In a recent development concerning the world of data protection, a noteworthy case was presented before the European Tribunal. The case, T-553/23 R, was filed by Philippe Latombe, a resident of France against the European Commission. At the crux of the matter was the Commission Implementing Decision (EU) 2023/1795 of 10 July 2023. This decision established the adequacy of the level of protection of personal data ensured by the EU-US data protection framework. Mr. Latombe sought the suspension of this decision’s execution, arguing that it could cause him serious and irreparable harm.
The Commission defended its decision stating that various tools already exist for transferring personal data to organizations in the US while ensuring adequate data protection. In response, Latombe argued that, contrary to the decision’s claim, the US does not ensure an adequate level of personal data protection. He also expressed concern about his rights being violated as he felt the decision wasn’t in line with the General Data Protection Regulation (GDPR) nor with the Charter of Fundamental Rights of the European Union.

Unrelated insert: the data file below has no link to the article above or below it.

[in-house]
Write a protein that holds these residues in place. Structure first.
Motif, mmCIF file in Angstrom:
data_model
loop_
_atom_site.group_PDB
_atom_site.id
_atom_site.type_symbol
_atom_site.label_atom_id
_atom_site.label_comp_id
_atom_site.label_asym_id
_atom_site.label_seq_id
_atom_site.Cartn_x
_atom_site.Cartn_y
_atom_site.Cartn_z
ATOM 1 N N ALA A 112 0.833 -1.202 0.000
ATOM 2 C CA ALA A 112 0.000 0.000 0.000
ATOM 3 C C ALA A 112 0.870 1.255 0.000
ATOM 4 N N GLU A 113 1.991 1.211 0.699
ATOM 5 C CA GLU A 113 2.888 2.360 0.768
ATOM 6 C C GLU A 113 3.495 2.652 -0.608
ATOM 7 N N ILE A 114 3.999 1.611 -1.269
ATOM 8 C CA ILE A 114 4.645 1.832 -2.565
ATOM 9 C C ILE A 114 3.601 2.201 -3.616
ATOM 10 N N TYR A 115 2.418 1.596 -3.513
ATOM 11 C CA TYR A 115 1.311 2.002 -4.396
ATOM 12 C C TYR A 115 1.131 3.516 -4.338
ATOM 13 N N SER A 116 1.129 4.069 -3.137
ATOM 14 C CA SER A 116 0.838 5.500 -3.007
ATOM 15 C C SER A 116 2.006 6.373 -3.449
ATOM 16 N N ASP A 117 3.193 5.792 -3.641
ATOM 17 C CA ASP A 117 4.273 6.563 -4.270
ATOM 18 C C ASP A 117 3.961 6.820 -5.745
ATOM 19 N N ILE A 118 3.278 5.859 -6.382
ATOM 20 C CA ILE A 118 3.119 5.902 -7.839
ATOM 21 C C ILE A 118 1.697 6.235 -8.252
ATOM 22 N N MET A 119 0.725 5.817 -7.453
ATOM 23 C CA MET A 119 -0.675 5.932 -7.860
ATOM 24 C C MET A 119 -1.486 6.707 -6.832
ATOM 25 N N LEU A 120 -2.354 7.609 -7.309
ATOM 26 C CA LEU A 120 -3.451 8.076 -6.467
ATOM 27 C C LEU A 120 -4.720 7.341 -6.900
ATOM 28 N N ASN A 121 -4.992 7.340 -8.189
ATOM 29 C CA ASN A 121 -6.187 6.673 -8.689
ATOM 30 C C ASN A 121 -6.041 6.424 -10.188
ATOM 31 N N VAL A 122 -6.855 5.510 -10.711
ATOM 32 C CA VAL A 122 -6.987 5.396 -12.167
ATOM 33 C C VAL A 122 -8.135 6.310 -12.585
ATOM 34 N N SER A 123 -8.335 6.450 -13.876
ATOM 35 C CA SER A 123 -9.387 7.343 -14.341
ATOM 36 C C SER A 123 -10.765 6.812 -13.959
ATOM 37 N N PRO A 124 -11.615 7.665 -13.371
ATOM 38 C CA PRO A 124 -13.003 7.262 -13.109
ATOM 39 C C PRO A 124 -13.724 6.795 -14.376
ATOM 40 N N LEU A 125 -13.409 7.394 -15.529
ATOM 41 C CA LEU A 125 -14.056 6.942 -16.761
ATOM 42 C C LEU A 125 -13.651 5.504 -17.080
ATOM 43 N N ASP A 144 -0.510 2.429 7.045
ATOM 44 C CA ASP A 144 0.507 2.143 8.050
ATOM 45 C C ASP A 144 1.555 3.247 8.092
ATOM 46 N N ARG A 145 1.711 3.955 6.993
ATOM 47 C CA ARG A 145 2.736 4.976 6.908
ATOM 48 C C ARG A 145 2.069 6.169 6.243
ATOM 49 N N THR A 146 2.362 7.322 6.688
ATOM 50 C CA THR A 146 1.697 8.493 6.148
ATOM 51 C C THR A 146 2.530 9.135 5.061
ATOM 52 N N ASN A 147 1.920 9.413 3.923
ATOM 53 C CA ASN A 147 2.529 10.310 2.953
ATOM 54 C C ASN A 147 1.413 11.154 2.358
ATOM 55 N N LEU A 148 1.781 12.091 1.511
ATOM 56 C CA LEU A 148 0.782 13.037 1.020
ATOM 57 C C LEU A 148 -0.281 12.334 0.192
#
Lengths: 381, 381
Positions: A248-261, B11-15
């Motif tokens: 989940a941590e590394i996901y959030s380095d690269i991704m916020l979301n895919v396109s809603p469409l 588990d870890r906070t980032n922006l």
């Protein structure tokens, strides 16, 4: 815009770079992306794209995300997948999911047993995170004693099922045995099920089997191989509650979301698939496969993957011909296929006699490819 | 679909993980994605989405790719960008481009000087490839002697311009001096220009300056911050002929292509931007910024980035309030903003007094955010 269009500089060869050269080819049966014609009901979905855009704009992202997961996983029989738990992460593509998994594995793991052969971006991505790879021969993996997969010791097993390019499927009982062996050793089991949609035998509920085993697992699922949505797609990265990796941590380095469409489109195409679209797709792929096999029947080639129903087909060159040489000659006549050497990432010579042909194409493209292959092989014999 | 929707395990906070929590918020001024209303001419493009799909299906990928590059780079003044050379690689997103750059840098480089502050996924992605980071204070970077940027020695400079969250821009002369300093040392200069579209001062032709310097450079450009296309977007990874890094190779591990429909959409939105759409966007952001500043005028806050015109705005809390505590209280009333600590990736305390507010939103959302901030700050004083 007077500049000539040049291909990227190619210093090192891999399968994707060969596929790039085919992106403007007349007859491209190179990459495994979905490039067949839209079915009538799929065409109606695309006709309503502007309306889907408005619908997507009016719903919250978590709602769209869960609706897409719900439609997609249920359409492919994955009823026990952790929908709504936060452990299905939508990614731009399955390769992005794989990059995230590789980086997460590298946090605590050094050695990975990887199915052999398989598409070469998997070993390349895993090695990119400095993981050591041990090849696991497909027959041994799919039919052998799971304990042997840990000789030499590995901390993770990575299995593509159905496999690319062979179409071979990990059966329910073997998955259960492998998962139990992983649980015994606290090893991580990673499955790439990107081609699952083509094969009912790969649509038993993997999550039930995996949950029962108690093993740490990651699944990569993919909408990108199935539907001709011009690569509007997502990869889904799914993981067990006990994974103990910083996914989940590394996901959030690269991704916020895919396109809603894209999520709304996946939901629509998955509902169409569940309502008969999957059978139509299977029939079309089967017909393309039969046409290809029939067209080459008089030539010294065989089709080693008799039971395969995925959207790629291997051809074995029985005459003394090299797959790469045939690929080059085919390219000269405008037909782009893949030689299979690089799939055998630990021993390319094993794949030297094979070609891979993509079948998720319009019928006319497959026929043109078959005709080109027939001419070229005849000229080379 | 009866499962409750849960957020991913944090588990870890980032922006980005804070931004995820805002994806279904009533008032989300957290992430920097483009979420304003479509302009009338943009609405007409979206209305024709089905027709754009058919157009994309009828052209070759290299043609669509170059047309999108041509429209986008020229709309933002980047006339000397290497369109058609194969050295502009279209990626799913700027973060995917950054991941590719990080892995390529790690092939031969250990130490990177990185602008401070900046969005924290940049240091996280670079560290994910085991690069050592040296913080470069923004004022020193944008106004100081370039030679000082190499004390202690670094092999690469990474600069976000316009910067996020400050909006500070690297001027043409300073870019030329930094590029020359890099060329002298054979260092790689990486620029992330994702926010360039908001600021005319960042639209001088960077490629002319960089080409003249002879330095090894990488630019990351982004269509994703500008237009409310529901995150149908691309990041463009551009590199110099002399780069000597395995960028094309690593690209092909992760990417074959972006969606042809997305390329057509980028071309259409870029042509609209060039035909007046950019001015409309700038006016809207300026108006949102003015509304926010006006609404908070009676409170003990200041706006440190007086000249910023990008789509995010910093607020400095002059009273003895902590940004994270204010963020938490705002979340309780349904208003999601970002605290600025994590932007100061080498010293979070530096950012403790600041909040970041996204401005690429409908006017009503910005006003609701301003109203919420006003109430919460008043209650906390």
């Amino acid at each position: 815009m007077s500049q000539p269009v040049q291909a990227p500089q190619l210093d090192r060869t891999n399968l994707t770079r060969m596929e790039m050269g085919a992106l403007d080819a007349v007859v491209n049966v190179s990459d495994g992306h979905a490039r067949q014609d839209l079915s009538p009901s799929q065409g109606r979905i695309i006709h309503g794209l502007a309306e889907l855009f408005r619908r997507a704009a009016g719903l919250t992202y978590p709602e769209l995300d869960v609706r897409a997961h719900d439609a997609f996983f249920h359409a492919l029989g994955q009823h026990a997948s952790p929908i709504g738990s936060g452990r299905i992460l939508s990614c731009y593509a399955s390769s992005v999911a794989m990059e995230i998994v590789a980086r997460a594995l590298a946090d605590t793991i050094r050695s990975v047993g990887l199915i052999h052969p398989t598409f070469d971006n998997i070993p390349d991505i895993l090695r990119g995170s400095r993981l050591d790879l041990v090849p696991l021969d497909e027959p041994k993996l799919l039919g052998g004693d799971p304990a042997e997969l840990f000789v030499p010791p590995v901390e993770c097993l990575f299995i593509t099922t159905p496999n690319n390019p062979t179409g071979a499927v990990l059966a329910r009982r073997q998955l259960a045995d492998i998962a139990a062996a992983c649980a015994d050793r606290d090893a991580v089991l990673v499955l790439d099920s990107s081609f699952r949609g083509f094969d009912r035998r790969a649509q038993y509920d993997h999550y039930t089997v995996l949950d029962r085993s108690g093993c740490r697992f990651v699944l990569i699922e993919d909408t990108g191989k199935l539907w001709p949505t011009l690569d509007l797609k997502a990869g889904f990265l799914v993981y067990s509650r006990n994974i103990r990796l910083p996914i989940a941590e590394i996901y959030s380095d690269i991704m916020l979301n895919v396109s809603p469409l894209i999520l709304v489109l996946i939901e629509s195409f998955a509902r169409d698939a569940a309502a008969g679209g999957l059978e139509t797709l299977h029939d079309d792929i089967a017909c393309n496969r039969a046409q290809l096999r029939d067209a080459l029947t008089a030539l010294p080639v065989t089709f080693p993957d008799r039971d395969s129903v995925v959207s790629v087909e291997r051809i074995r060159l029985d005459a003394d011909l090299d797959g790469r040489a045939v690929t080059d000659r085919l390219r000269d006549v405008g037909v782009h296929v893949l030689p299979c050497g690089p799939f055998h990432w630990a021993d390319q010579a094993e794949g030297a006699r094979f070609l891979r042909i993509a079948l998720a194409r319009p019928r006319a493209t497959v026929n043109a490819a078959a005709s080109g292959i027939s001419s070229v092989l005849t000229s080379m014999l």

However, the President of the Tribunal found that Latombe failed to sufficiently prove how the decision would personally cause him serious harm. The court noted that while he described the negative aspects of the decision in general terms, he didn’t provide specific reasons on how this would affect his personal situation. Furthermore, it was noted that Latombe still has the right to lodge a complaint with a supervisory authority if he feels his personal data is being handled contrary to GDPR regulations.
In conclusion, due to insufficient proof of urgency or potential for serious and irreparable harm, the President of the Tribunal rejected Mr. Latombe’s request to suspend the execution of the decision. This judgment emphasizes that while challenging a legal act, demonstrating personal harm and urgency is crucial.
Source: CURIA – Documents